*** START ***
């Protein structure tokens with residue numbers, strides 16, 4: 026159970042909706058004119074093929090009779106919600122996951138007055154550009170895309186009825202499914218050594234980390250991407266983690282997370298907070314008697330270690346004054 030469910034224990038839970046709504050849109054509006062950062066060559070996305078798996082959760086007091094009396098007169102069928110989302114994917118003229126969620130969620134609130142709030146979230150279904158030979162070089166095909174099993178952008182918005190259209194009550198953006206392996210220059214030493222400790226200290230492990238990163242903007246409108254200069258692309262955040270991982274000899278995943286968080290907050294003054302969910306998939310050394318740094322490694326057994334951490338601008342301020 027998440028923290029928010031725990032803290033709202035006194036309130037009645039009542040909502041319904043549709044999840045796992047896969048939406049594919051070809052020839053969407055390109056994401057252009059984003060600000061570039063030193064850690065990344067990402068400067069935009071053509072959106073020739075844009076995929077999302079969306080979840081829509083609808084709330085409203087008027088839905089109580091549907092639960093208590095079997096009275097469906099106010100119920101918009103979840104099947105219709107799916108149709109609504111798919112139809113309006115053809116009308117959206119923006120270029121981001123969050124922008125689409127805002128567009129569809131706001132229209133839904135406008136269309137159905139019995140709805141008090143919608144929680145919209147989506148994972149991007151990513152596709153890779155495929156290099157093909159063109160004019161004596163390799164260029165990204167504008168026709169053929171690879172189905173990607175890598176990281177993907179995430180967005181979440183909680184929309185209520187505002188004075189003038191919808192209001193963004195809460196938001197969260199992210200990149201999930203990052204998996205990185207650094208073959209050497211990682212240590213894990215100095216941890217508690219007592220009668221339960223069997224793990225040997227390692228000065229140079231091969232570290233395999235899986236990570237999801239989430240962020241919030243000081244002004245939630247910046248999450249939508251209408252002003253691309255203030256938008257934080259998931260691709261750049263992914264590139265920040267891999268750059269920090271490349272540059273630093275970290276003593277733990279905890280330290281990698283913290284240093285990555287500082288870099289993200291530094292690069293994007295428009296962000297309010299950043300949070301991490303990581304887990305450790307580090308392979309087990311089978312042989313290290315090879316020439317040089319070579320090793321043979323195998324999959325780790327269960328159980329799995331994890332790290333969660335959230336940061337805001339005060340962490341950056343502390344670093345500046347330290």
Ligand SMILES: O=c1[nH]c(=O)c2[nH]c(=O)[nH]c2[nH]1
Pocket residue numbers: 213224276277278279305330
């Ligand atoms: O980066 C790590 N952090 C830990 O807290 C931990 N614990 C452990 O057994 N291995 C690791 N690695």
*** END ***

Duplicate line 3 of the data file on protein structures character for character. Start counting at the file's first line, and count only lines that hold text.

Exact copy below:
Pocket residue numbers: 213224276277278279305330